Archive for May, 2009

The head of Ofsted was paid more than Pfund230,000 in salary and bonuses last year despite admitting failings over the Baby Peter case.

Christine Gilbert earned performance-related pay of Pfund38,000 on top of her salary of Pfund196,000.

Her watchdog was heavily criticised for giving Haringey Council a ‘good’ rating just weeks after Baby Peter died following months of abuse at his home in North London.

Ofsted’s verdict dramatically changed when inspectors were sent in again a year later, at the height of public anxiety over Baby Peter’s death.

Mrs Gilbert admitted the council had been able to ‘hide behind’ data to achieve a favourable rating. The watchdog is now implementing major reforms of the system for inspecting social services.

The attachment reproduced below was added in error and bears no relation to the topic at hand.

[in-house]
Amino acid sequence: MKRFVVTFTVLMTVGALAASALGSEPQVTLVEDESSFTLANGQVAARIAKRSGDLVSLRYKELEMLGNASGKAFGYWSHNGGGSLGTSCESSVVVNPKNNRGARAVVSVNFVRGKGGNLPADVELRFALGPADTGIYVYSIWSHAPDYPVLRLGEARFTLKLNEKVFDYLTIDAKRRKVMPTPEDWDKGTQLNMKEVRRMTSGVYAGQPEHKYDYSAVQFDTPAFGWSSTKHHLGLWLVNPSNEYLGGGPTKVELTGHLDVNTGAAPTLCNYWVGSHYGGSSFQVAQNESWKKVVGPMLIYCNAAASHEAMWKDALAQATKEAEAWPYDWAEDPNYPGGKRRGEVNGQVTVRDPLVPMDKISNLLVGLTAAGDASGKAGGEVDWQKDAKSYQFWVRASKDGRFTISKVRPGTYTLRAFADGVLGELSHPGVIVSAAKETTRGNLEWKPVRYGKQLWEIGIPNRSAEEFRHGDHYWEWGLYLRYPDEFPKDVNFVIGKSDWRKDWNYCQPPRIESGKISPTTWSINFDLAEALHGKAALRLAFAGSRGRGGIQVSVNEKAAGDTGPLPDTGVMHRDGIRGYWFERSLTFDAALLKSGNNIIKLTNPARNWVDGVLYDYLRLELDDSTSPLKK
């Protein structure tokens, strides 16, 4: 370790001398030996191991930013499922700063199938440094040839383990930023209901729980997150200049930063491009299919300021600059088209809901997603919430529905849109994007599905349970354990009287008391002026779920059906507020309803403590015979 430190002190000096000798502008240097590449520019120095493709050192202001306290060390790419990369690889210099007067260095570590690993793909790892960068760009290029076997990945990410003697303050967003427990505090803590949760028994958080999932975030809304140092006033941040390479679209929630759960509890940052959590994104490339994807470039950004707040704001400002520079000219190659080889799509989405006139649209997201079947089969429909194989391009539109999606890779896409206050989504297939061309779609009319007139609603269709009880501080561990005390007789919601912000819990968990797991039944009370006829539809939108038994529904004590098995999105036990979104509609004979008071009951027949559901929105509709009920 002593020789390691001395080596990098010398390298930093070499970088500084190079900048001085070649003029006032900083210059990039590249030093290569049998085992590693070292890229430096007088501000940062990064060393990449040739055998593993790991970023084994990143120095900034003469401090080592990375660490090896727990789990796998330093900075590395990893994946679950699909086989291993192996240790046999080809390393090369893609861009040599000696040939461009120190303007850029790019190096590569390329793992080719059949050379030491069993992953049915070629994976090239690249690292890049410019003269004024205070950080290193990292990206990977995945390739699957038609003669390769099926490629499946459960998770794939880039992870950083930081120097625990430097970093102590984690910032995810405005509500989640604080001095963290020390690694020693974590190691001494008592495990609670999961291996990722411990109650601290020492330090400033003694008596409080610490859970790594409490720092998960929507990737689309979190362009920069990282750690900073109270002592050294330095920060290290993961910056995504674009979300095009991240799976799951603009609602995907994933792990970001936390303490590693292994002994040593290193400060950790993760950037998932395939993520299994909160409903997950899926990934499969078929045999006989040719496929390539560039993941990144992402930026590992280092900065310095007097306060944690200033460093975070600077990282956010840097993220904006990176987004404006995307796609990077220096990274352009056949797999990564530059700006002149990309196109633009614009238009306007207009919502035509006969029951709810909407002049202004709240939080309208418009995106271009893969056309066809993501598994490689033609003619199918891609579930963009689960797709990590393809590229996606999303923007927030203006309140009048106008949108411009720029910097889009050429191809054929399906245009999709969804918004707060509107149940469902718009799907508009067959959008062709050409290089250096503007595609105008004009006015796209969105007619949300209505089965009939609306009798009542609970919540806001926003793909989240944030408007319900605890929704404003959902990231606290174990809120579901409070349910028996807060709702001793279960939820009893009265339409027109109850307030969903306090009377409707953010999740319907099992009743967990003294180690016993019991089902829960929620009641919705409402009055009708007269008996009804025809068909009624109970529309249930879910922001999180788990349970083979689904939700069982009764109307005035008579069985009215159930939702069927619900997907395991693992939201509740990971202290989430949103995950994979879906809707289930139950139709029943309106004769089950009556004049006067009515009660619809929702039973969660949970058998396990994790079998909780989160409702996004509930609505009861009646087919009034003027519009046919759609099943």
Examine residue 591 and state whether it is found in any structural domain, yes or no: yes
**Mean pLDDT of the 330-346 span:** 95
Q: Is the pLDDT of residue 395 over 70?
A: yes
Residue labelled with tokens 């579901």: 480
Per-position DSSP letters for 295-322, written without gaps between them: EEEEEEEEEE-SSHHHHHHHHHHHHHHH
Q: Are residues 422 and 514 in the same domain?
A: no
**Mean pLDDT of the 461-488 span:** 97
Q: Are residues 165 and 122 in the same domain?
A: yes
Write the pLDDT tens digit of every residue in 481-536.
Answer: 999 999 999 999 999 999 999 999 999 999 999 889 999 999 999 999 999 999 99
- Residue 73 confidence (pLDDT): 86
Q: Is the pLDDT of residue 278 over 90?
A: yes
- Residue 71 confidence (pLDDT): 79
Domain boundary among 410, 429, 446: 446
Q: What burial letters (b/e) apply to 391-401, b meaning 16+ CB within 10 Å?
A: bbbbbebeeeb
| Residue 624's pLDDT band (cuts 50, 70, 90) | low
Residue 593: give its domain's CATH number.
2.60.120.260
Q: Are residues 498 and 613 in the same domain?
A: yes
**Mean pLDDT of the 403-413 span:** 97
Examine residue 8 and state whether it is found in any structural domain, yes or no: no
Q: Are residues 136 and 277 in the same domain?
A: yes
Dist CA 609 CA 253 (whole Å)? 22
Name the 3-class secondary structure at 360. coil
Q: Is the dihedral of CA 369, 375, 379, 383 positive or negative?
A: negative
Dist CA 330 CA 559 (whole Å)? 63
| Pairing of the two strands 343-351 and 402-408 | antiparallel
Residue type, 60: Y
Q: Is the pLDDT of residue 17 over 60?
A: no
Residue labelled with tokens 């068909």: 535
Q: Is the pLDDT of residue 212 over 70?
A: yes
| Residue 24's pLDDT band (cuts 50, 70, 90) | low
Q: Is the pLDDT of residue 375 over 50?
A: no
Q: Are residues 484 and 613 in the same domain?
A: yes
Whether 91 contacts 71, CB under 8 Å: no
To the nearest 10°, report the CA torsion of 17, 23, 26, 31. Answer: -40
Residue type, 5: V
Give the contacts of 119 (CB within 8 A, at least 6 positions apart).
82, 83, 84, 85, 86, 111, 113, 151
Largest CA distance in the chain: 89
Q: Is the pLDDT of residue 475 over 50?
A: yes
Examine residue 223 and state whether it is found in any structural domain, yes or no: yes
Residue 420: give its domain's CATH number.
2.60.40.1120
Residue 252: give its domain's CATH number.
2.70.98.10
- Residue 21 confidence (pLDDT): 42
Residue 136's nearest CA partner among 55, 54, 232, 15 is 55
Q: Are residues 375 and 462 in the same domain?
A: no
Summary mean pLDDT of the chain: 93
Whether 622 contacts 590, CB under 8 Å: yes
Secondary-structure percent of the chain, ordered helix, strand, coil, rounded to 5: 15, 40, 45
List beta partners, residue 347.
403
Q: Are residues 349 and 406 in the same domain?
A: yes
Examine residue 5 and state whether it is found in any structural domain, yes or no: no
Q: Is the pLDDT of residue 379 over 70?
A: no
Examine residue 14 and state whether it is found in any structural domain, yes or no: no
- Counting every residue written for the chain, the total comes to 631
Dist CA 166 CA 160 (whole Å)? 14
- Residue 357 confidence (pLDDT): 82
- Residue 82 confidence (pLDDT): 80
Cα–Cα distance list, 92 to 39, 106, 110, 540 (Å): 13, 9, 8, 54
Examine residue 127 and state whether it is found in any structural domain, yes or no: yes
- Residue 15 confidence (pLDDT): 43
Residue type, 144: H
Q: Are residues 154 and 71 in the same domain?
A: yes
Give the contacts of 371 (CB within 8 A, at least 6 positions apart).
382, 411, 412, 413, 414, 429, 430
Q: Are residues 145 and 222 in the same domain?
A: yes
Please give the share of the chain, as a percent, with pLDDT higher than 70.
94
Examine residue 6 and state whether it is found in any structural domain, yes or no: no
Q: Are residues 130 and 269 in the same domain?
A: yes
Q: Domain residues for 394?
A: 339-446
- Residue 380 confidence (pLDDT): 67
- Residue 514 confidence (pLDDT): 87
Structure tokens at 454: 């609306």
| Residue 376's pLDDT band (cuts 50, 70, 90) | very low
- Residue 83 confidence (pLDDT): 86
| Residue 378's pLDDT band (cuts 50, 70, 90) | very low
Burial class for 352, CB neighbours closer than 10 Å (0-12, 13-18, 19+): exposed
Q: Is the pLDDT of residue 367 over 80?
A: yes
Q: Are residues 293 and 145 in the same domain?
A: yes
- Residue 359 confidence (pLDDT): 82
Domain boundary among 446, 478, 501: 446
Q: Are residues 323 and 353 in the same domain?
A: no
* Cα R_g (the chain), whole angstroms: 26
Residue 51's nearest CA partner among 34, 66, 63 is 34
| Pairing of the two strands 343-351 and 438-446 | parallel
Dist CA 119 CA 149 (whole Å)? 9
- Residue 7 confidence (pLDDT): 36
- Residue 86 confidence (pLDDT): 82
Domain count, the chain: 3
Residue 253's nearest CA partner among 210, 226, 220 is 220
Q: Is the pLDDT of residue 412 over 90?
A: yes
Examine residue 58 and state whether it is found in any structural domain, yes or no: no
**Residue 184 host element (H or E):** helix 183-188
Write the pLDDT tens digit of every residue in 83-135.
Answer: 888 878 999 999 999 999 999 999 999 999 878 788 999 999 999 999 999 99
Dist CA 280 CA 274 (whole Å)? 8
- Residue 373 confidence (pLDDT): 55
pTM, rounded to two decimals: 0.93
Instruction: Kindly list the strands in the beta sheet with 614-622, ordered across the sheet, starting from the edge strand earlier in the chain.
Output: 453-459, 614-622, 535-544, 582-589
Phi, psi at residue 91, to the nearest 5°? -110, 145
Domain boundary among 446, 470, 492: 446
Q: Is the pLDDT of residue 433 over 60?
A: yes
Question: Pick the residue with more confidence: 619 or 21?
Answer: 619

Mrs Gilbert is among a series of education chiefs whose pay has been disclosed. Many bureaucrats are paid more than Gordon Brown, who collects Pfund190,000.

The TaxPayers’ Alliance has condemned the salaries, claiming public money is being used to reward failure.

Freedom of Information disclosures show the head of the quango responsible for the school rebuilding programme earns Pfund 213,000. Tim Byles was appointed chief executive of Partnerships for Schools in November 2006, and is responsible for overseeing the Building Schools for the Future programme.

A report by auditors earlier this year found the scheme was running two years behind schedule and Pfund10billion over-budget.

Costs were found to have spiralled to Pfund55billion following ‘avoidable delays’ and excessive spending on consultants. Many of the problems pre-date Mr Byles’s arrival, his aides said.